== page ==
Sunday, March 22, 2009

Beginnings (Part II)

This is Part II of my thoughts about beginnings. The most important thing about a beginning to me is it is a promise. What kind of promise? Let me do some quick snaps. In Harry Potter and the Sorcerer's Stone, we find Harry under the stairs of the Dursleys. He's all alone without a true family. In the end of the series we have Harry with a family. Yay, a promise keeper. In Charlotte's Web, Wilbur's life is on the line, Fern's daddy has the axe, and in the end, yes, Wilbur's saved. E. B. always kept his promises. And one last one, in Kathi Appelt's book, The Underneath, we are promised that the injustice to a poor cat is going to be set right. Kathi kept her promise. A first chapter is one that makes a promise. We usually know the promise by the end of the first page.

I will be honest, often times I have to write the whole book before I truly know what promise I'm making. So here's something to chew on, if you are rewriting that first chapter for the tenth time and you still only have thirty pages of manuscript or so. It's time to write the book. You are never going to write that first chapter until you get to the end of the book. You probably don't even know what you are promising and that's why you can't figure out that first chapter. If you have written the book, you need to look at that end make sure that the last chapter is a fulfillment of the promise that happens in that first one. Funny stuff happens on the journey of telling a story, you start out telling one story but end up telling another. Got to rewrite the beginning then.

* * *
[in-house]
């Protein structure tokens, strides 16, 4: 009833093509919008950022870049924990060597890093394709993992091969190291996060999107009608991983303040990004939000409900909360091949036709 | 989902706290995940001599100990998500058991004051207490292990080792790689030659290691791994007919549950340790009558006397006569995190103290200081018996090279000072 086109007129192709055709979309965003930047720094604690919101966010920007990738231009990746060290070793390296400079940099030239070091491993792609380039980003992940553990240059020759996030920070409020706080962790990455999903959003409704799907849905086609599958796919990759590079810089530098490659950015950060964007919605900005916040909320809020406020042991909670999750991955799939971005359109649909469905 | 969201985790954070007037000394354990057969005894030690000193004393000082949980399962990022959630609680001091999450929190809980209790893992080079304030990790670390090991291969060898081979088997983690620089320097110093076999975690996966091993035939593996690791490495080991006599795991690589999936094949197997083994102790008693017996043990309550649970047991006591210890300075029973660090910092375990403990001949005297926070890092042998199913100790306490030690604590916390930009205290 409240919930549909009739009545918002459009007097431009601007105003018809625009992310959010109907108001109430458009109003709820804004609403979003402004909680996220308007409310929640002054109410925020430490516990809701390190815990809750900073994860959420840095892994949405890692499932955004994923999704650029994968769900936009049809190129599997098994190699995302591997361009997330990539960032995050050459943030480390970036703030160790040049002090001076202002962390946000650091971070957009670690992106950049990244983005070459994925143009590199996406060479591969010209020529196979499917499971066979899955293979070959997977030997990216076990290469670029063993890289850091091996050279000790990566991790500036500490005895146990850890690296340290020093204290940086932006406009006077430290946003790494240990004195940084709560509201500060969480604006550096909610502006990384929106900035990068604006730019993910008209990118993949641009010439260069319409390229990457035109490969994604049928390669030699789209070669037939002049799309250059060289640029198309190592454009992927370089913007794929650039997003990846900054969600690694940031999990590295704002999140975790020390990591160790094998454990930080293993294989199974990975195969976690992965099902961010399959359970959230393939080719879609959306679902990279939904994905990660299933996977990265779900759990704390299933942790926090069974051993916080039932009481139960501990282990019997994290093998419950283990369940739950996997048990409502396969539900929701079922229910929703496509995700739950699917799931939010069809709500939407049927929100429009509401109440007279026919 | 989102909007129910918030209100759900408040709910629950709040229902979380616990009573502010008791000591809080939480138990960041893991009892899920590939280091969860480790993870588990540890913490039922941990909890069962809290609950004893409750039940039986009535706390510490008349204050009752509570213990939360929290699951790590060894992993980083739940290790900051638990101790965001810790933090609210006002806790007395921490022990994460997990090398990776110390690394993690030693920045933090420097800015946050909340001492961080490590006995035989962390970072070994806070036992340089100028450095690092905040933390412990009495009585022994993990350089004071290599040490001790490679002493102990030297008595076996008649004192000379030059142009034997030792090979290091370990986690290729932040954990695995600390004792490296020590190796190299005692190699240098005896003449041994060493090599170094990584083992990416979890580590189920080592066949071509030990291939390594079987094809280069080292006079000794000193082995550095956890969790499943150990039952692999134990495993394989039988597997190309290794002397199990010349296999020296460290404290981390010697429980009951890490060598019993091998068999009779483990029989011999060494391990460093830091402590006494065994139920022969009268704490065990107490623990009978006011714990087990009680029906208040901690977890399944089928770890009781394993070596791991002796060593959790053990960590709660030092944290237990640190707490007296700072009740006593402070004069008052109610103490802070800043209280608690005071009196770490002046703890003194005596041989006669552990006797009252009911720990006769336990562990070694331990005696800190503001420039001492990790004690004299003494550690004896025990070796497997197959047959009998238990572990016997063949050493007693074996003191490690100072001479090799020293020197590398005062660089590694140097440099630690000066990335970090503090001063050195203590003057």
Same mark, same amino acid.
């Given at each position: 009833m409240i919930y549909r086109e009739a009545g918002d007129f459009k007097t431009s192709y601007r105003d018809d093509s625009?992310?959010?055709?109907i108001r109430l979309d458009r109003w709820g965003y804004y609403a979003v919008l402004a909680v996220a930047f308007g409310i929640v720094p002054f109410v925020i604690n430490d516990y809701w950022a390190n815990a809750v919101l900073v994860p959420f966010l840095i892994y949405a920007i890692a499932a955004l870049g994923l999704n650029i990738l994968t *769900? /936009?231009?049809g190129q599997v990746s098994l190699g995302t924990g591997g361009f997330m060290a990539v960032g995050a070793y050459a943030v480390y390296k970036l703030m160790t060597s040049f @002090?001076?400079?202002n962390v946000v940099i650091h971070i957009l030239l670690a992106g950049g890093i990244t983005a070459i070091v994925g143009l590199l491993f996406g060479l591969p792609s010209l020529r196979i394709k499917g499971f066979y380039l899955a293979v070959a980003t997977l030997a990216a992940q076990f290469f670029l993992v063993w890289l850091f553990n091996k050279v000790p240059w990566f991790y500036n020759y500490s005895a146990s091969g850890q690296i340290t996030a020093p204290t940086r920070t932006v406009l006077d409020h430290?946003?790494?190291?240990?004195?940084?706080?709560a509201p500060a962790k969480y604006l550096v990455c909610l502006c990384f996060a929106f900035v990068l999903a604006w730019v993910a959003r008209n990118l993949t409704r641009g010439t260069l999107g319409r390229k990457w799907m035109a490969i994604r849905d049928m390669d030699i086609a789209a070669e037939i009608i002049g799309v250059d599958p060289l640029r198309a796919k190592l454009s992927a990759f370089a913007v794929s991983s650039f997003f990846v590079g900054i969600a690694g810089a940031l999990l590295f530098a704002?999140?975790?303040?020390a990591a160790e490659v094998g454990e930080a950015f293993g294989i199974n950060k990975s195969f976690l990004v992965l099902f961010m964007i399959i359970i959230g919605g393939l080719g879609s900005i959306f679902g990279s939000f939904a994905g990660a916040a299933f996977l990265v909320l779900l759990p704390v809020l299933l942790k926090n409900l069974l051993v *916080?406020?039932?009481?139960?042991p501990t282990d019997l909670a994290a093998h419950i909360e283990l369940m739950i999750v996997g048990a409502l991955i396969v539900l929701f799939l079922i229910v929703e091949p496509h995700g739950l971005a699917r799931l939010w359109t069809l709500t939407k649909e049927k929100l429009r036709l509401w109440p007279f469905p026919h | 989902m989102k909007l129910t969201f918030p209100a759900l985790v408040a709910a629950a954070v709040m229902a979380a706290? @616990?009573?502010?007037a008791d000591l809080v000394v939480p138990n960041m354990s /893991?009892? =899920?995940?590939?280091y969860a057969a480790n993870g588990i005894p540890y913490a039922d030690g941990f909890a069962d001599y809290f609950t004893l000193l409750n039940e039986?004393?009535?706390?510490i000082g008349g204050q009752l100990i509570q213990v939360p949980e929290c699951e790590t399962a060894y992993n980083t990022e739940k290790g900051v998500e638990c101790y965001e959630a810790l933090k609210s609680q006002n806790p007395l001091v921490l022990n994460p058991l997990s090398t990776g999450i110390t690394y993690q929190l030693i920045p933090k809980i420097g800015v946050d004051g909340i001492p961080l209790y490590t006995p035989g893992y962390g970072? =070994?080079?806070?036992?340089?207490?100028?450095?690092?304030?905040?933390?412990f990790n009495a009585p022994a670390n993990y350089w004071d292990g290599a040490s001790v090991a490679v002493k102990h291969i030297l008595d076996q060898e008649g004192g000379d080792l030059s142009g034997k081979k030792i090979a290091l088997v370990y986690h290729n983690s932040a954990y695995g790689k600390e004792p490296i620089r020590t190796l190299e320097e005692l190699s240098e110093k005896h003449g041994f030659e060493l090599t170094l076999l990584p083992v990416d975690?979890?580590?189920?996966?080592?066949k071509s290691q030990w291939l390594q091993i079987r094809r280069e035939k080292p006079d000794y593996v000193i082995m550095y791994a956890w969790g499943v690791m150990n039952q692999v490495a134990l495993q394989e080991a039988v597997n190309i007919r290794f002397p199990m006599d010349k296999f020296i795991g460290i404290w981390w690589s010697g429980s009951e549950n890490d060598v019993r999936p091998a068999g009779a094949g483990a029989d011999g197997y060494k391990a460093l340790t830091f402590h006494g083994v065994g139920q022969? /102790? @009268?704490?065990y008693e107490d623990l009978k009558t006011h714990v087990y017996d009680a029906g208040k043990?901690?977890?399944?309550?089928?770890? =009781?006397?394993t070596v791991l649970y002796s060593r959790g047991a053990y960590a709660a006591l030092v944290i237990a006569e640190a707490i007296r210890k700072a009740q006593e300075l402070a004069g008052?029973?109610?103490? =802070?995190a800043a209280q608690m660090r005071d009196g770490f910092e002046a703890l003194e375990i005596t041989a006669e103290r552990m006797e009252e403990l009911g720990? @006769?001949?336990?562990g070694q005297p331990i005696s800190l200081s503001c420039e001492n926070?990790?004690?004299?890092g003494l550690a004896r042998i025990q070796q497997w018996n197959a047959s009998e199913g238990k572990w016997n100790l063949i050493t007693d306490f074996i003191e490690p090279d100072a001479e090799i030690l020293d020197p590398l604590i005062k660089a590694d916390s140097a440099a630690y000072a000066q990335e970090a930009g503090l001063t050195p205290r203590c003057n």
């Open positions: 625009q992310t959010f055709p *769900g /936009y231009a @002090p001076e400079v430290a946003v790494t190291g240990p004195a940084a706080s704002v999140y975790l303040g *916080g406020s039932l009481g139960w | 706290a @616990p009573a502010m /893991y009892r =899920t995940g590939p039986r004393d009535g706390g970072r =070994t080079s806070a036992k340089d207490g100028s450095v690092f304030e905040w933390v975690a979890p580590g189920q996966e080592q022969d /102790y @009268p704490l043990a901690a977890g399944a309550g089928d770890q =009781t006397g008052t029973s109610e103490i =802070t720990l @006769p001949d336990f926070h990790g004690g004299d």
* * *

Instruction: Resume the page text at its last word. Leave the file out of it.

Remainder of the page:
So today we have some homework. What have you promised? Have you promised it on the first page? (Hint, hint, if the promise is on page 12, that's really your beginning.) Do you keep your promise?

Hope you check back next week for the next one in my series.

My doodle this week is "Noah's Ark". This story is all about a promise that God made to Noah. Hope you enjoy it.

Today's playlist is "Happy Ground" by Pete Murray. I hope that you are standing on happy ground. :)

My quote for the week:
Mix a little foolishness with your serious plans. It is lovely to be silly at the right moment. Horace

Saturday, March 21, 2009